Jaime Langton’s witty choreography flowed seamlessly between those with less dance experience like the Vamps (cute little foot twists in “Surrender”) and Dixon and his trusty sidekick werewolf, Lobo (some sweet soft shoe in “Old Dog, New Tricks”) to the veteran dancer playing Nelly, the dangerous dame who sizzles in “Frisk Me, Dex.” More than just well thought out dance steps was the caricature imparted to the dancers and dances. Sydney Weir’s Nelly captured the pretzeled bodied zombie I’ve never seen in a zombie flick but completely believed. Weir isn’t just a clean crisp dancer, she’s a physical actor imbuing Langton’s choreography with over-the-top personality. She crossed and uncrossed her dangerous-dame legs sleazier than Sharon Stone in Basic Instinct. And I mean this in a good way. Two more dance reasons to get you to this show: “The Brainsucker Tango” and the the monster mash between the Weres and the Zombies in “Dex in Danger.”

DD uses a live jazz club quartet prominently displayed visually and aurally. And aural is where the show breaks down. I sat on both sides of the stage and missed about half the lines and even more of the lyrics. Mixing is only partly the reason. A muffled dull speaker system the other. I don’t recall this being an issue in the last musical I saw in this space, or maybe I was so bored by the banal lyrics I tuned out. Dex Dixon, however, is predicated on delicious “Danger Dame At Work” (by Paul Muller) pulp-poetry and puns. Care needs to be given to the audience experience: Are we ALL catching every one of those lines, asides, lyrics?

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fEARnoMUSIC review: Incomplete conversation

Portland new music ensemble's concert of homegrown Oregon music doesn't always connect with broad audiences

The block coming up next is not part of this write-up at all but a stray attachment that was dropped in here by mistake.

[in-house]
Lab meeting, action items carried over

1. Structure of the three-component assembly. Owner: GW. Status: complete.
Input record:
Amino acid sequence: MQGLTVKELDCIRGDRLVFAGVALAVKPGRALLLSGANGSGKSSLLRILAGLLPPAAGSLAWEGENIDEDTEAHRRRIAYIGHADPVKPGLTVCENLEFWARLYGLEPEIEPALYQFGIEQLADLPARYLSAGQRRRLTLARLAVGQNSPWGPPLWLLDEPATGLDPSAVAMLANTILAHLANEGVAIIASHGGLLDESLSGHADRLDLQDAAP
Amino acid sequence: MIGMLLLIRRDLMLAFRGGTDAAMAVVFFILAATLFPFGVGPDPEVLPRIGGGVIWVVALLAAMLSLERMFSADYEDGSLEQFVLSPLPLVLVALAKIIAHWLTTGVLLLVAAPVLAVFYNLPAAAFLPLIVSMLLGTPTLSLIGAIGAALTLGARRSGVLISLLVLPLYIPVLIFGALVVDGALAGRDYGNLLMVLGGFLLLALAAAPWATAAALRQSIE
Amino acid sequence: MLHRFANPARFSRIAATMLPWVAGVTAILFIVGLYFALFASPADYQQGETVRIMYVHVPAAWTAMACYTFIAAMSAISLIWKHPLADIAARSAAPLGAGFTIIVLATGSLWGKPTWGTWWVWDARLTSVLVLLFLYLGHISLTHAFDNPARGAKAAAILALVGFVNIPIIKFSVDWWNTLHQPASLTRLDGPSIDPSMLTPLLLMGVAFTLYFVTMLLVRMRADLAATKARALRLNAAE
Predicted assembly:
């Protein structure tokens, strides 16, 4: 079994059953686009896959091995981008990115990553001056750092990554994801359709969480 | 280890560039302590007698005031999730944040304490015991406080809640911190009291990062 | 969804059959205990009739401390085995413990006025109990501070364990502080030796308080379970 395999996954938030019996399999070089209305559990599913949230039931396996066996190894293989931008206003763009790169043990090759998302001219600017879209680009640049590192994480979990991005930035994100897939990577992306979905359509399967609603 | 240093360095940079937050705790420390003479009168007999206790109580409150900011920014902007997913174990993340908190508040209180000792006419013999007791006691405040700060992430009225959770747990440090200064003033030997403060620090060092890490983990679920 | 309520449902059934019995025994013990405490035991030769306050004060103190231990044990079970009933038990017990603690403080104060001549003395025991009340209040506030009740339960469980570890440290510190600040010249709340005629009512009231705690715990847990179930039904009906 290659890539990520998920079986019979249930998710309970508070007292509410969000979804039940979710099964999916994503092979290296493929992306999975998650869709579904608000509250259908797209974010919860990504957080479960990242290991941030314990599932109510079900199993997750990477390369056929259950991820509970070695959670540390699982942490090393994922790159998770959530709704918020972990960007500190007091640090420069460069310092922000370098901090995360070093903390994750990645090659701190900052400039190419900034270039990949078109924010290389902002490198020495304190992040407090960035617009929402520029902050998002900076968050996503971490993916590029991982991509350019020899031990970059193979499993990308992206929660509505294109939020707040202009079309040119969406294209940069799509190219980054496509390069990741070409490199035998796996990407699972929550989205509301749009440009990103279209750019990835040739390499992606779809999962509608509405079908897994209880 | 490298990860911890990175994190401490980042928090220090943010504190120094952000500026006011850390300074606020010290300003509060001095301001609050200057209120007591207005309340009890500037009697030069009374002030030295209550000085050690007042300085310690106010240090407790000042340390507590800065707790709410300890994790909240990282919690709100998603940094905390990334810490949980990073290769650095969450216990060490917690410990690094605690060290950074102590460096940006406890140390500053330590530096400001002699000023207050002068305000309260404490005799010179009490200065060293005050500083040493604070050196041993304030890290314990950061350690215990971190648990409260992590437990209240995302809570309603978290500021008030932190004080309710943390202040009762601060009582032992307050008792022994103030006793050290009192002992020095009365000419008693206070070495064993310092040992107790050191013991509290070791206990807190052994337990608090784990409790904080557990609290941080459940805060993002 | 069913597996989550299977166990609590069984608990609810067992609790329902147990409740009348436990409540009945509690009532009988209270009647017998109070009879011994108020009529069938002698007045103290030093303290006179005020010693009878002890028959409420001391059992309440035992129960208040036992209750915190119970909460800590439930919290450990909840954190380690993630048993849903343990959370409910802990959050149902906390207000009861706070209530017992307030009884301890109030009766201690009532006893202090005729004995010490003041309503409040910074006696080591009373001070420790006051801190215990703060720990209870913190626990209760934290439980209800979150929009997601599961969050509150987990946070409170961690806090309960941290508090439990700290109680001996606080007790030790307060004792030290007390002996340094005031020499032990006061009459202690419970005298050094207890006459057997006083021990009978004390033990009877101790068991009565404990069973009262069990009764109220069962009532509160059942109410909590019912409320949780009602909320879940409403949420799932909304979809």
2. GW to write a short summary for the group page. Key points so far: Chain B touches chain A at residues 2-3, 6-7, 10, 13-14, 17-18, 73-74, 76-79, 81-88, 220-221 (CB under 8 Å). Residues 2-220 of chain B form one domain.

by TRISTAN BLISS

On my drive home from my first new music concert of the year, there was a bad accident on the 5, and with my own family’s experience of death and suicide weighing on me from this past year, I started considering my motivations to spend this next year – and this review – expounding on the importance of new music. We already have plenty of notated organizational schemes of how to produce sounds traditionally considered pleasing, so why bother with the new?

It’s not that somehow living composers recognize logical inconsistencies with the works of the past, quite the opposite really, and have deemed it their life’s work to fix historical music. New music isn’t about what’s logical; in fact great art is often overtly about what’s illogical: it’s about forgetting to check your blind spot on the 5 and totaling your car, fracturing your skull on a casual hike from a falling rock, or receiving a phone call at work about how your distant uncle who never reconciled with the family stuck a gun to his chest.

So, why new music? Further, why new local music? With all the chaos that could/has/will happen with yet another new year, why do we bother ourselves with such petty considerations as organized rhythm and pitch, and why do we care where the composers live?

Voglar Belgique, Payne and Ives performed a pair of piano trios by Oregon composers.

Voglar Belgique, Payne and Ives performed a pair of piano trios by Oregon composers.

Exactly because of the chaos that makes music seem so petty! New music and our constant return to new music, despite natural chaos-driven tragedies or the cold calculated tragedies of man, stands as a constant reminder of our humanity, and while these conditions exist everywhere, we don’t live just anywhere. We live here, the Pacific Northwest, where when the sky is clear I can see Mt. Hood from Salem, the determined can ski and surf in a single day, craft coffee and beer are a way of life, and we have an ever-growing new music scene. Bach is like an overheard conversation, beautiful and engaging, but, me being neither German nor dead, it was never meant for me!

The power of new local music is that we are the intended audience, and while I didn’t love everything about fEARnoMUSIC‘s second annual Locally Sourced Sounds concert last Friday, I was glad for the conversation — but hope that fEARnoMUSIC will eventually extended the conversation past those already engaged with new music.